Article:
urban regime

Scholars Exchange: Municipal Takeovers

April 29, 2019 // 0 Comments

Ashley E. Nickels, Amanda D. Clark, and Zachary D. Wood | Municipal takeover policies claim to eschew politics. These policies, which rest on the principle that local government is broken, suspend local democracy in an attempt to fix local fiscal problems. Fear of municipal bankruptcy, economic contagion, and credit downgrades are among the most common motivations for intervening in local municipal affairs. These changes radically rearrange how decisions are made, who has access to decision makers, and, ultimately, who is in power. Many states have adopted or copied municipal takeover policies from each other; as such, when the policies are put in place, we may expect to see similar results or responses from local communities. Read More

Why scholars should avoid throwing out a 28-year-old baby with the bathwater: Applying urban regime analysis to Switzerland

January 16, 2018 // 0 Comments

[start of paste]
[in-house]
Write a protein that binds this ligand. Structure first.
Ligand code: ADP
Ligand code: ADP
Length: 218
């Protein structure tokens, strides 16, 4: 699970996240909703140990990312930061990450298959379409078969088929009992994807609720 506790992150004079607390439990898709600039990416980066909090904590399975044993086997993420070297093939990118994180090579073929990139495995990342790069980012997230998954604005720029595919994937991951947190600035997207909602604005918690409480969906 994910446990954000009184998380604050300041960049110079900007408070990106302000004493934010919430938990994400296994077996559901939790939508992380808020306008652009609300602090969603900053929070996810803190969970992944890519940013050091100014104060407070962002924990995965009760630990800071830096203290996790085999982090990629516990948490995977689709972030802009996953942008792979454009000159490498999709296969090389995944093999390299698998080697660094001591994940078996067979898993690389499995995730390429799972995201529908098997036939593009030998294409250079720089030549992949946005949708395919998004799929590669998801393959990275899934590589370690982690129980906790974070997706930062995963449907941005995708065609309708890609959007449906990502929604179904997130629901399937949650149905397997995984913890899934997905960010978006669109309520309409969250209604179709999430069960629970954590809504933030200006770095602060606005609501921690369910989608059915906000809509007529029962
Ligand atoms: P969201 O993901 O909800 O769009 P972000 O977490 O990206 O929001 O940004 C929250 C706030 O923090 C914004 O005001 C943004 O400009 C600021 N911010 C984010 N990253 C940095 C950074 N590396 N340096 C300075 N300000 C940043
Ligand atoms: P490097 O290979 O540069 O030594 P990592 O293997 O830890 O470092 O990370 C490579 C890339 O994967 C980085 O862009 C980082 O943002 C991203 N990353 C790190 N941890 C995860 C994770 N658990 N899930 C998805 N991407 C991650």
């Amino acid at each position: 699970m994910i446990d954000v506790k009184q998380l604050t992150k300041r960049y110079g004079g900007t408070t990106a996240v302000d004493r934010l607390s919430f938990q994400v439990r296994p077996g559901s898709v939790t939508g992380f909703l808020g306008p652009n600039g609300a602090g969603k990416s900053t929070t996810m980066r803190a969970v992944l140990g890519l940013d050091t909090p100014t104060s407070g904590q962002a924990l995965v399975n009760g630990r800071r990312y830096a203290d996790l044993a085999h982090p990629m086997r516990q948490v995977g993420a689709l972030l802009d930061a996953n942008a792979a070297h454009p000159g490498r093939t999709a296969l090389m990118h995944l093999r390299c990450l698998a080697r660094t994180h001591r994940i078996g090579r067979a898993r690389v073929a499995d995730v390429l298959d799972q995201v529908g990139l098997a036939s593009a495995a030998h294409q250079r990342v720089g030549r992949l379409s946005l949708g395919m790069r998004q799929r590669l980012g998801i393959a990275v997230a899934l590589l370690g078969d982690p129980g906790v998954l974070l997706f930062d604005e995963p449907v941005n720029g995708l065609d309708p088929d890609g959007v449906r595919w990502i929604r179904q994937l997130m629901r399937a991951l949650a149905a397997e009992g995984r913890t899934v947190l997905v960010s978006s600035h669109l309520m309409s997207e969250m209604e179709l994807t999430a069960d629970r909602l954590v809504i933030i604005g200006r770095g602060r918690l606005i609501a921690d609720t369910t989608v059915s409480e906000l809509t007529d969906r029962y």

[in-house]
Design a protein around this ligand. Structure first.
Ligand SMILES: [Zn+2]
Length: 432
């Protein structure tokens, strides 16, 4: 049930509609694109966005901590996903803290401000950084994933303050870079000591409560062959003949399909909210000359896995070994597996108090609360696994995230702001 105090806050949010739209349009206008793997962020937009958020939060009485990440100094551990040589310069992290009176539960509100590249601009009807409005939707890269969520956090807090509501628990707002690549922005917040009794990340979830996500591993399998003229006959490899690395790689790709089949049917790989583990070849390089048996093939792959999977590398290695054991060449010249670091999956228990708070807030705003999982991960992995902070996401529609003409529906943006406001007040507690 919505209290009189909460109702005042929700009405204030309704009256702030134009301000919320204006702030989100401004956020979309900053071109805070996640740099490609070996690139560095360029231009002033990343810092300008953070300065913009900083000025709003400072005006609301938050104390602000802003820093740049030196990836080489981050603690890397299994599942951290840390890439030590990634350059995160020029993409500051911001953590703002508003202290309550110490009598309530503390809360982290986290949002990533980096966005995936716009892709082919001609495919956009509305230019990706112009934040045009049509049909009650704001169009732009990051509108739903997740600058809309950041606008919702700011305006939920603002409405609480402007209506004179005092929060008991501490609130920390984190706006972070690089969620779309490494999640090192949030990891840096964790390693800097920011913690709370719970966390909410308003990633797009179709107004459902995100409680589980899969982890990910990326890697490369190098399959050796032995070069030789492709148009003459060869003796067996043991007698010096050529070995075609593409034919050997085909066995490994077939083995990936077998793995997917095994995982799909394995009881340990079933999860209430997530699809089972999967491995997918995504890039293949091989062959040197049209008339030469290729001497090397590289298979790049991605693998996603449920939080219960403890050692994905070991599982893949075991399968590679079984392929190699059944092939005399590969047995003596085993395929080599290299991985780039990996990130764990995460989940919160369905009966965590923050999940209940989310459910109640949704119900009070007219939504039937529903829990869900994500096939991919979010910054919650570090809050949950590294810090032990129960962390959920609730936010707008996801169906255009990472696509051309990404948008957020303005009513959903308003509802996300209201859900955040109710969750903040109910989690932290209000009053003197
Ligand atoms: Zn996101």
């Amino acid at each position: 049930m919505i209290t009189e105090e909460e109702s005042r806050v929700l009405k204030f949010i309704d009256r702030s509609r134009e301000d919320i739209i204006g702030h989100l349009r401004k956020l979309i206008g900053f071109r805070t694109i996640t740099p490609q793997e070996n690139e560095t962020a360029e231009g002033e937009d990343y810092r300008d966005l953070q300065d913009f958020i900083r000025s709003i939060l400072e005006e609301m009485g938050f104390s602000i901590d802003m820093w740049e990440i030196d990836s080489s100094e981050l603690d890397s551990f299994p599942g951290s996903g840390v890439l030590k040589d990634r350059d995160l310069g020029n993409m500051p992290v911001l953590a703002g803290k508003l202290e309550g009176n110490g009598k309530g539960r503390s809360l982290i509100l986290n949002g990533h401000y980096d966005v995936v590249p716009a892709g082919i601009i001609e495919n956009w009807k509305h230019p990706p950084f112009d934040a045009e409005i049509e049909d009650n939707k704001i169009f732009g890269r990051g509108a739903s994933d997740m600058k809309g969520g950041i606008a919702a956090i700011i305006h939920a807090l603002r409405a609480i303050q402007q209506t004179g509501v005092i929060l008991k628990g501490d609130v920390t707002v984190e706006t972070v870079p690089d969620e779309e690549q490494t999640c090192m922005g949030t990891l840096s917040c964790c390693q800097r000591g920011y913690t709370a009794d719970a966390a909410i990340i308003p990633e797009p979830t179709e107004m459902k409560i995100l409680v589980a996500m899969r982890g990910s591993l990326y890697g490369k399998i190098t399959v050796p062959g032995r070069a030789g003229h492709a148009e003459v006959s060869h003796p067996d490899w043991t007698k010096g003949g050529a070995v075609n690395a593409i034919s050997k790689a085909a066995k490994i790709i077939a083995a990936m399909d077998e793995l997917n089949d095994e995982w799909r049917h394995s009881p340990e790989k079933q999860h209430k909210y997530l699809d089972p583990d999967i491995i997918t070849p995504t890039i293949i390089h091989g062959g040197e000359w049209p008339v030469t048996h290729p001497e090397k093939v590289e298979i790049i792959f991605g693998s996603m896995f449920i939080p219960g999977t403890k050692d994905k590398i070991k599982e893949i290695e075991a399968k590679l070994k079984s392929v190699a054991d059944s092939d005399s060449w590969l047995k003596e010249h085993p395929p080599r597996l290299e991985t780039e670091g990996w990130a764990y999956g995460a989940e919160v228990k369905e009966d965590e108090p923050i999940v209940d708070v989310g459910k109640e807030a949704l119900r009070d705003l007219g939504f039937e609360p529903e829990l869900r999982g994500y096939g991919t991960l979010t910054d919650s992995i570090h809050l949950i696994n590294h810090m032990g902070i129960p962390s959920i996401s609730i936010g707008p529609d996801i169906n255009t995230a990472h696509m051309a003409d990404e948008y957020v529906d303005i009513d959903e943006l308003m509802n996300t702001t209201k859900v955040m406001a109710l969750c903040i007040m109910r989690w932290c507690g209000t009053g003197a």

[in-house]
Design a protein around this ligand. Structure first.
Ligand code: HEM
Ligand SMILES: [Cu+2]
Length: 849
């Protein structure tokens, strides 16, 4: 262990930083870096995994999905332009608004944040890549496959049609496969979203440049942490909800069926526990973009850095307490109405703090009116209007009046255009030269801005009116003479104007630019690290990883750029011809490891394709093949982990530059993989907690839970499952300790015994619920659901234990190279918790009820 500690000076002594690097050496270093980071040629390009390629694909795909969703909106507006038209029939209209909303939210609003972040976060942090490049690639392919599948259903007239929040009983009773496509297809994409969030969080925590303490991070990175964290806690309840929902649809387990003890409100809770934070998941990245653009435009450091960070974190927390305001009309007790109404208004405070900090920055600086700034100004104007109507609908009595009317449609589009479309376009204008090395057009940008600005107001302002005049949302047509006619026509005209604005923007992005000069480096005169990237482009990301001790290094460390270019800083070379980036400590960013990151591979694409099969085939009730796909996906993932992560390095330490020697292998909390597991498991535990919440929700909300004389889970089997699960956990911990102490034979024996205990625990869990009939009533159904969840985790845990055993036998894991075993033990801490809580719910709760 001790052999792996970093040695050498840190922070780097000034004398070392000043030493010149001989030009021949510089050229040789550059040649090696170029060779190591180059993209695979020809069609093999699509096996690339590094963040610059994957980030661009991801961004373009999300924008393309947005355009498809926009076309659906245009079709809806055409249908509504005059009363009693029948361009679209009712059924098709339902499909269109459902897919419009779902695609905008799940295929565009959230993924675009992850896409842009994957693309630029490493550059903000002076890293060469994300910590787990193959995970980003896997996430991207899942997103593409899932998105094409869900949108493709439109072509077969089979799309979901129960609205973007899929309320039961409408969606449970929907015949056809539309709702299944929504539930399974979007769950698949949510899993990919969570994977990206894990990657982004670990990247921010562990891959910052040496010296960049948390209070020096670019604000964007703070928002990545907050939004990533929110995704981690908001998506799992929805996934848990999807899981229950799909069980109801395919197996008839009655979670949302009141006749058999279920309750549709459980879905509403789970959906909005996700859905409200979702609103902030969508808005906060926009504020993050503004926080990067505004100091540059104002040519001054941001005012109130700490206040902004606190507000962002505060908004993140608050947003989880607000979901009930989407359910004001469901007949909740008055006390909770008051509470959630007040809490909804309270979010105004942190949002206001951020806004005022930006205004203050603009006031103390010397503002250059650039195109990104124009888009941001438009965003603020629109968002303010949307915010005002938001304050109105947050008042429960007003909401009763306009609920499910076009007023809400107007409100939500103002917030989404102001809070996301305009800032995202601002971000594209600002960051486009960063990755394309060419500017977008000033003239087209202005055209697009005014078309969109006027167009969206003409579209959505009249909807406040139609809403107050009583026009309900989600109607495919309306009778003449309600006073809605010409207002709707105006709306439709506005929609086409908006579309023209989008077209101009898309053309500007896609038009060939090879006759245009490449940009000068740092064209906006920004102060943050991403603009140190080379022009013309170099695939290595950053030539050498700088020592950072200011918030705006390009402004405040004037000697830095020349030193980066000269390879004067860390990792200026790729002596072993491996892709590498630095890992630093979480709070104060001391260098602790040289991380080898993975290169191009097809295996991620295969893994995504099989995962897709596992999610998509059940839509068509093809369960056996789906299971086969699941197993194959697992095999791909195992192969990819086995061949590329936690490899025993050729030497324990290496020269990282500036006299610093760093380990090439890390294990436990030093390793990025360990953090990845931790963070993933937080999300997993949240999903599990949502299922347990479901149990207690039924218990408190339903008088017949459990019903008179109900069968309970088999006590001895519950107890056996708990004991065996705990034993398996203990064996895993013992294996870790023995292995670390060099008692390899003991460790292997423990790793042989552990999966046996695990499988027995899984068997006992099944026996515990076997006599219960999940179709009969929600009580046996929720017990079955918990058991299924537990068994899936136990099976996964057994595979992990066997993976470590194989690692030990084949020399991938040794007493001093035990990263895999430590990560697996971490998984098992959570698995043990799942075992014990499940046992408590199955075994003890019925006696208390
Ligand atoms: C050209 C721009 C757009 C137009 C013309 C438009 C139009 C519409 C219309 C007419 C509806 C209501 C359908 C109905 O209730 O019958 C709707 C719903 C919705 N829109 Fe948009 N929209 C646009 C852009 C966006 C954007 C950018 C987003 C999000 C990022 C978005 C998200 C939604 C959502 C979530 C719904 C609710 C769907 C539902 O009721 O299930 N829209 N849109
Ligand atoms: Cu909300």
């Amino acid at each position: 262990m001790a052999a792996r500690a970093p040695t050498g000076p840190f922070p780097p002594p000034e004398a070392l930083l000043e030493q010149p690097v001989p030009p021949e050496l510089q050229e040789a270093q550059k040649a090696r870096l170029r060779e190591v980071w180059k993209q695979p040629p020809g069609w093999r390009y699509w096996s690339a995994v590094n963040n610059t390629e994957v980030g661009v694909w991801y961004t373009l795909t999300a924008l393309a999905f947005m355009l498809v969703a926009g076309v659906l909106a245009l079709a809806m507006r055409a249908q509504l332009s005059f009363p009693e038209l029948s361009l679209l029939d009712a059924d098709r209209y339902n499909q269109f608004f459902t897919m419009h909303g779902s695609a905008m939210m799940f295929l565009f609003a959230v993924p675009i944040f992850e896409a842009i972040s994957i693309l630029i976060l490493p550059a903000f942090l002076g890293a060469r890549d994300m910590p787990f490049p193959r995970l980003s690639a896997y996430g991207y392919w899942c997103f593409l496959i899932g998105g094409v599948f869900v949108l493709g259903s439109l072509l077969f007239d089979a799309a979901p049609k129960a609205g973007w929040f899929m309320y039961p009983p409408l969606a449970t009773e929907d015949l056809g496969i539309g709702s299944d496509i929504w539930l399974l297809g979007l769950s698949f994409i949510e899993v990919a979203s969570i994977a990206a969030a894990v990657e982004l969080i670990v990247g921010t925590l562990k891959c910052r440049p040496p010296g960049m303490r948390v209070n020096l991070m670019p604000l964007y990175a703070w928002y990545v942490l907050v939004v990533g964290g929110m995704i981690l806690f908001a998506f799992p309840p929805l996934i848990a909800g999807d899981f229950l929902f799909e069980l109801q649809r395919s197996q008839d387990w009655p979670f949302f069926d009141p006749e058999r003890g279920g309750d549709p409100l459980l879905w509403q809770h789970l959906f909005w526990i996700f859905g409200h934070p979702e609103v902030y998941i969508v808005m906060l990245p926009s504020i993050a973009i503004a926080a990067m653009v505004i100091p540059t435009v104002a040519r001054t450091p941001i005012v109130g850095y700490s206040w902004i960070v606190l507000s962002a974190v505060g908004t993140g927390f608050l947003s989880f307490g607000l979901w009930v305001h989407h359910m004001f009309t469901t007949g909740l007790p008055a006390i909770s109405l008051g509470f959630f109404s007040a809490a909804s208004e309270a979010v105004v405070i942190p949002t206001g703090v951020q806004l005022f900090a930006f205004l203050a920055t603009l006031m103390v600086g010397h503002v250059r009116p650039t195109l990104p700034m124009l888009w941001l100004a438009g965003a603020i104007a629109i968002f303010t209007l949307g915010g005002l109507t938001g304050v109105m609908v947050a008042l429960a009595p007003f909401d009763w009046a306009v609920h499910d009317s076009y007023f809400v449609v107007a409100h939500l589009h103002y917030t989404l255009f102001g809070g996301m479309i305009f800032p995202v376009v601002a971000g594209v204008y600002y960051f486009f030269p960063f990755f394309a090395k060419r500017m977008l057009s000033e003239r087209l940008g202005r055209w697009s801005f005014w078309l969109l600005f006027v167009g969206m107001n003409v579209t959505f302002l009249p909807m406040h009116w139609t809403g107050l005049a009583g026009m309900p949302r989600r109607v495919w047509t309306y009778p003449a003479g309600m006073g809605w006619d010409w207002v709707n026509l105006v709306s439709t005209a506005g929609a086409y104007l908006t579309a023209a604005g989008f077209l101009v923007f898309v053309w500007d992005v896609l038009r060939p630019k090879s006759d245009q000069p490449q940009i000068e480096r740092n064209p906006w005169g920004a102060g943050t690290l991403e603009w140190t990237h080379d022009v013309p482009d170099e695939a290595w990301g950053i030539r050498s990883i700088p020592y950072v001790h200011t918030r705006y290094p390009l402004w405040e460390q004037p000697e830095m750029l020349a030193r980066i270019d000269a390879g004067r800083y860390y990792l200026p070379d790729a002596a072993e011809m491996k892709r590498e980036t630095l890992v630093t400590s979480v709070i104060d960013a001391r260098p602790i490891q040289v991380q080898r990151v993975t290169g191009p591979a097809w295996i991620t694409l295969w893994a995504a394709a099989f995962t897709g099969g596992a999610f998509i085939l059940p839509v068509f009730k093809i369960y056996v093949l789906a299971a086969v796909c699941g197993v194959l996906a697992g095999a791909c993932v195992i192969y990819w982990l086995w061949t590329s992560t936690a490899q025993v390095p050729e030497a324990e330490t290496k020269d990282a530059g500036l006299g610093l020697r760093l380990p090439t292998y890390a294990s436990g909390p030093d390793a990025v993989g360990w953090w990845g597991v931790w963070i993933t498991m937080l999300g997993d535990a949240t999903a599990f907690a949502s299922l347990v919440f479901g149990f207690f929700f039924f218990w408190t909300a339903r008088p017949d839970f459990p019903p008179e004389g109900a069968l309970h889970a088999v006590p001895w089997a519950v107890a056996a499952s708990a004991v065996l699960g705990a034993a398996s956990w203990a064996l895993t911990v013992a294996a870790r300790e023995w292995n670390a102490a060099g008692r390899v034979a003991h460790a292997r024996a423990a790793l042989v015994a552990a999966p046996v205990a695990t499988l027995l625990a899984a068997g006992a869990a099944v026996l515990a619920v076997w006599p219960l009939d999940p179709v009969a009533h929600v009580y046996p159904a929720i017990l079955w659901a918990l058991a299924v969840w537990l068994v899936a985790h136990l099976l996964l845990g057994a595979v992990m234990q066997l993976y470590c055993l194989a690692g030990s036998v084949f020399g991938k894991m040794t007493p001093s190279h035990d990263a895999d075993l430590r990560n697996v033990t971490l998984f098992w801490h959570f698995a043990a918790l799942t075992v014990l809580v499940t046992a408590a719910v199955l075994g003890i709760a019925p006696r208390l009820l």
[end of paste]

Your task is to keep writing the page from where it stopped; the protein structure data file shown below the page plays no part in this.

Sébastien Lambelet | Governing a city has always required some cooperation between public and private actors since both actors lack resources owned by their counterpart to govern effectively. This interdependence has been theorized in the late 1980s by Clarence Stone with the concept of “urban regime”. Simply defined, an urban regime is a longstanding coalition between the city government and some private actors that has defined a specific policy agenda and that has the capacity to mobilize the necessary resources to implement it. However, in recent time, the concept of urban regime has been heavily criticized by several American scholars who considered it unable to explain the increasing complexity of contemporary governance. By contrast, European scholars have increasingly referred to urban regimes since the concept allows them to take into consideration the declining role of nation states and the rise of neoliberalism that they observe in Europe. Read More